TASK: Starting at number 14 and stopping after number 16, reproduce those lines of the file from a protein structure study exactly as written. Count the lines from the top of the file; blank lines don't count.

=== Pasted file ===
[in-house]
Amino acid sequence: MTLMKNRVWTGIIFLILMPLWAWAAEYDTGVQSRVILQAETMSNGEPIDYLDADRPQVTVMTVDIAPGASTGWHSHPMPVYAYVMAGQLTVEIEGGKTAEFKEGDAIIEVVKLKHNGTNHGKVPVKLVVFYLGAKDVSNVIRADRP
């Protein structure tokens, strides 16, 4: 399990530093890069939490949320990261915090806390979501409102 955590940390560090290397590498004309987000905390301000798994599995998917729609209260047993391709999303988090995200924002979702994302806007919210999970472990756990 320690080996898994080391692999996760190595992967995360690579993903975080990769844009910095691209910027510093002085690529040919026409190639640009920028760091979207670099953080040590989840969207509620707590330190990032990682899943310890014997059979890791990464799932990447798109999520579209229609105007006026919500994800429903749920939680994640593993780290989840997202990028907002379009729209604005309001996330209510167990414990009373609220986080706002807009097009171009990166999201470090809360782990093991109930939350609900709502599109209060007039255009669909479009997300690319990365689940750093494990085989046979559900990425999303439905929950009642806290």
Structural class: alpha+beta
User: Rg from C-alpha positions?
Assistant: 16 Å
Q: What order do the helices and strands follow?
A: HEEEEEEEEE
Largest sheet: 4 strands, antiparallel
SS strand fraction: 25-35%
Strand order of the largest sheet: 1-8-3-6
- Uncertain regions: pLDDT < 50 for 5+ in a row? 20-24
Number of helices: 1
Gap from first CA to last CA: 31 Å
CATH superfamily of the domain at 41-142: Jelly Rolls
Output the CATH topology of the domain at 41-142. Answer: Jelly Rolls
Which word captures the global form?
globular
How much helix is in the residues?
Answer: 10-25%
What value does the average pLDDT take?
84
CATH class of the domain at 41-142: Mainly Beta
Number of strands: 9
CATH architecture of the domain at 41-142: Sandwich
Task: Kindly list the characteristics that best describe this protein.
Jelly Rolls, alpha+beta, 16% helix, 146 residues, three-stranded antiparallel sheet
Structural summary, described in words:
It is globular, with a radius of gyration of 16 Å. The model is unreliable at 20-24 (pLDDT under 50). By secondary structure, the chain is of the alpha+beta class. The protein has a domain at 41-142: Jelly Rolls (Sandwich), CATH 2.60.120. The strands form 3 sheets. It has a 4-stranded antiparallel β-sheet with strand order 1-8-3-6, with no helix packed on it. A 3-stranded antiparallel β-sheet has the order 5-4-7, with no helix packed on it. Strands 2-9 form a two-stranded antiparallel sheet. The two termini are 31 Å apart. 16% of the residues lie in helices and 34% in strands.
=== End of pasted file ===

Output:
Gap from first CA to last CA: 31 Å
CATH superfamily of the domain at 41-142: Jelly Rolls
Output the CATH topology of the domain at 41-142. Answer: Jelly Rolls